Upon comparing alignments of GyrA and ParC sequences, we confirmed that a 4 amino acid GyrA insert (Gupta 1998) is present in Actinobacterial gyrase sequences, between orthologous Escherchia coli positions 204 and 205 and absent in all other prokaryotic gyrase sequences. We report that this insert is missing in all eubacterial ParC sequences (ParC is absent in the Archaea) and analyze this information using top-down rooting. Representative sequences of these root-informative genes are summarized in table 1, and complete alignments of nearly 500 GyrA and ParC sequences are included in the supplementary analyses and data, sections S1 and S2 (Supplementary Material online), respectively.
Our rooting analyses are summarized in figure 1. For 4 taxa, there are 9 possible trees, corresponding to 4 crown groups, 4 stem groups, and 1 internal branch. The most parsimonious rooted trees for each of the 9 possible rootings are shown in figure 1. Note that the leaves of the unrooted trees are divided into 2 separate regions because the groups corresponding to the Actinobacteria (A), the double-membrane prokaryotes (D), the Firmicutes (F), and the Archaea (R) represent higher level phylogenetic clades rather than single sequences. Thus, the roots within the distal portions of the leaves (roots 1, 2, 8, and 9) are shown as 2 lines to represent the branching within these crown groups. The proximal portions of the leaves correspond to roots 3, 4, 5, 6, and 7. As shown by the large X in figure 1, the least parsimonious rooted tree—root 2,within the Actinobacteria—requires 3 changes, whereas roots 1 and 3–9 require only 2 changes. Others have suggested that GyrA has been transferred into the Archaea (Gadelle et al. 2003). Hence our rooting calculations assume the Archaeal GyrA genes are missing and uniformly eliminate root 2—the Actinobacterial root (for analyses, see supplementary sections S3 and S4, Supplementary Material online). Comparisons of indel distributions with GyrA gene trees showed no evidence for indel homoplasy (supplementary section S5, Supplementary Material online). Analyses of GyrA and ParC indel flanking sequences provide significant statistical support, P < 0.015, for excluding the root from the Actinobacteria (supplementary section S2, Supplementary Material online). Together these tests provide strong evidence for excluding an Actinobacterial root.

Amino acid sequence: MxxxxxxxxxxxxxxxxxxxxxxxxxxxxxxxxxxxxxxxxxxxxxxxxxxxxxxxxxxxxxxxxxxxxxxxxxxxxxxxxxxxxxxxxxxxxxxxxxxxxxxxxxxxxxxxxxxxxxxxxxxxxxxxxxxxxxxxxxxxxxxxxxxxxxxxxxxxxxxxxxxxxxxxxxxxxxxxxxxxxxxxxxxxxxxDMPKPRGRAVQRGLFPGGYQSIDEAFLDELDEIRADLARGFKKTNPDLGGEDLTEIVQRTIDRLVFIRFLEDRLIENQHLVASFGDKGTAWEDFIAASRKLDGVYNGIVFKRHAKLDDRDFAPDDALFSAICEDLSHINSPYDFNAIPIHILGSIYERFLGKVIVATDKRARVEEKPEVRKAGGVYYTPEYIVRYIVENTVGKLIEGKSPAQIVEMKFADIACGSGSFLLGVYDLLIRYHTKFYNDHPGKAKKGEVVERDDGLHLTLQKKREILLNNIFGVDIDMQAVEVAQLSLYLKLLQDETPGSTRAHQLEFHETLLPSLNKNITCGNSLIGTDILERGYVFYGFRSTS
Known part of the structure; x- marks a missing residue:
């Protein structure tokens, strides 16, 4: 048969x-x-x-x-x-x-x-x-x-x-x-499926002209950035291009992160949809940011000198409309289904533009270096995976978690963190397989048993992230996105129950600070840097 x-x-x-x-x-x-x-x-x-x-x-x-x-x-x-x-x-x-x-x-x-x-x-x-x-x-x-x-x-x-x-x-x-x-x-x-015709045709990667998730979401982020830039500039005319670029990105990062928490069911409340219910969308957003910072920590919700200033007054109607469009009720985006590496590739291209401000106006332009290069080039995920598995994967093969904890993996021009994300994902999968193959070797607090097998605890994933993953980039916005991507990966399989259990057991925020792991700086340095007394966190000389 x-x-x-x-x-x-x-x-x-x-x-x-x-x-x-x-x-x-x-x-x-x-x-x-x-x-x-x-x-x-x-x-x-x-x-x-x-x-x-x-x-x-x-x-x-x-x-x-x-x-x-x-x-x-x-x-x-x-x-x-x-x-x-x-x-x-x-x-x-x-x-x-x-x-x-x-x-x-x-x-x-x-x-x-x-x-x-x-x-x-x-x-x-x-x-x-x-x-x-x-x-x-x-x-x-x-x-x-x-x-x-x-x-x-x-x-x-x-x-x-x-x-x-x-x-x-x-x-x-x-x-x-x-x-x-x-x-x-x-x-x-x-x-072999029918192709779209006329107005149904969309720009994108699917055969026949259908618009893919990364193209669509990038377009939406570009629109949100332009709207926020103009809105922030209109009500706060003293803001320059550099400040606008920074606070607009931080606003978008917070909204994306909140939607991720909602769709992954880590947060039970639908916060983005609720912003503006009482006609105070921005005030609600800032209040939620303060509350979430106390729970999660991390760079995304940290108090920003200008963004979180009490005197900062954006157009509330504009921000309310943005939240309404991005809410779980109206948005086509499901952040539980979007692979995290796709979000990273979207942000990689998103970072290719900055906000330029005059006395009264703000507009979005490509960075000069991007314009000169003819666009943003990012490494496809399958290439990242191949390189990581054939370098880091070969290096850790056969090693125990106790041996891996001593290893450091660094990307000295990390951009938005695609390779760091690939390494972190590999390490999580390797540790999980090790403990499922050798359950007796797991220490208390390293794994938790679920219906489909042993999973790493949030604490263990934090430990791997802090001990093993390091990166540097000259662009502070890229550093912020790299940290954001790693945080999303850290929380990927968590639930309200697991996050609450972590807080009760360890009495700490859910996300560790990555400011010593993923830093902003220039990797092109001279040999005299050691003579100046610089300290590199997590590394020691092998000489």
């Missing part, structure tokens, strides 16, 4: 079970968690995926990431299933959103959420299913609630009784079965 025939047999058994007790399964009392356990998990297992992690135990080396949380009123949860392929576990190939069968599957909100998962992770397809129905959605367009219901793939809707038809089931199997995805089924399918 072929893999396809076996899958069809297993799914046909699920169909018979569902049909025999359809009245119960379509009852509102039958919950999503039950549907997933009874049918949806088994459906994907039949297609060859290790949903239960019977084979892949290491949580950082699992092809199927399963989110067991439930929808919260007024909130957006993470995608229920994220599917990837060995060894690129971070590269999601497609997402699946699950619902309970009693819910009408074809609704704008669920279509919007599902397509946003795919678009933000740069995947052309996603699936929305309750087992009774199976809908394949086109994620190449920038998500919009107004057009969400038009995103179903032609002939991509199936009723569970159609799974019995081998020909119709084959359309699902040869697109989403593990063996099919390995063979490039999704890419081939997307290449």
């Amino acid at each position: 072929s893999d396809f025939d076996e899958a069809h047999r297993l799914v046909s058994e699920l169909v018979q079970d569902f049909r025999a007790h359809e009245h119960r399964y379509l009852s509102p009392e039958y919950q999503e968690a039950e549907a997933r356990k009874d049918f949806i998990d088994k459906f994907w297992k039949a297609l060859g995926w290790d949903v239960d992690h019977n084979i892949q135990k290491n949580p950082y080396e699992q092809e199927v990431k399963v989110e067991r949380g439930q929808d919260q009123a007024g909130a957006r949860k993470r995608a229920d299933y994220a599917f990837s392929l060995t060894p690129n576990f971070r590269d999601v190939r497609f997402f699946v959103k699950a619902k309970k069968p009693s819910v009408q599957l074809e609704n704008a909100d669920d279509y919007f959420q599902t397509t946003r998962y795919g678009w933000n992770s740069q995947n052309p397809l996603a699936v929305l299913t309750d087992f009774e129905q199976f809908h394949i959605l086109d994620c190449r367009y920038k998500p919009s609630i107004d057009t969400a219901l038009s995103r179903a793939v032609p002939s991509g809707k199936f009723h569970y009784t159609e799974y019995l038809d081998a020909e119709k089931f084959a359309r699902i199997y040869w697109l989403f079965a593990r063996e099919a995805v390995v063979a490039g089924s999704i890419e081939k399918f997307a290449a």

Previous analyses of directed indels have excluded roots within the double-membrane prokaryotes, within the Archaea, on the segment connecting the eukaryotes to the double-membrane prokaryotes, on the segment connecting the eukaryotes to the Archaea and within the Firmicute–Archaeal–eukaryotic clade (Skophammer et al. 2006; Lake et al. 2007; Skophammer et al. 2007). These excluded roots, plus the results presented here excluding an Actinobacterial root, are summarized on the tree of life and on the ring of life in figure 2 top and bottom, respectively. Shown for reference are a root within the clade of double-membrane prokaryotes, *, based on transition analyses (Cavalier-Smith 2006) and the classical root based on sequence analyses of anciently duplicated gene paralogs, X, (Gogarten et al. 1989; Iwabe et al. 1989). The 3 remaining roots are located on the branch (stem) leading to the double-membrane prokaryotes, root 1, on the branch leading to the Actinobacteria, root 2, and on the branch leading to the Firmicute/Archaeal clade, root 3. We hope that future indels will facilitate further testing of these roots.
Supplementary analyses and data are available at Molecular Biology and Evolution online (http://www.mbe.oxfordjournals.org/).
This study is supported by grants from National Science Foundation (NSF) and the University of California, Los Angeles, National Aeronautics and Space Administration Astrobiology Institute to J.A.L. The authors J.A.S., C.W.H., and R.G.S. were supported by a Cell and Molecular Biology Training Grant from National Institutes of Health (NIH), a Genomic Interpretation and Analysis Training Grant from NIH, and an Integrative Graduate Education and Research Traineeship training grant from NSF, respectively.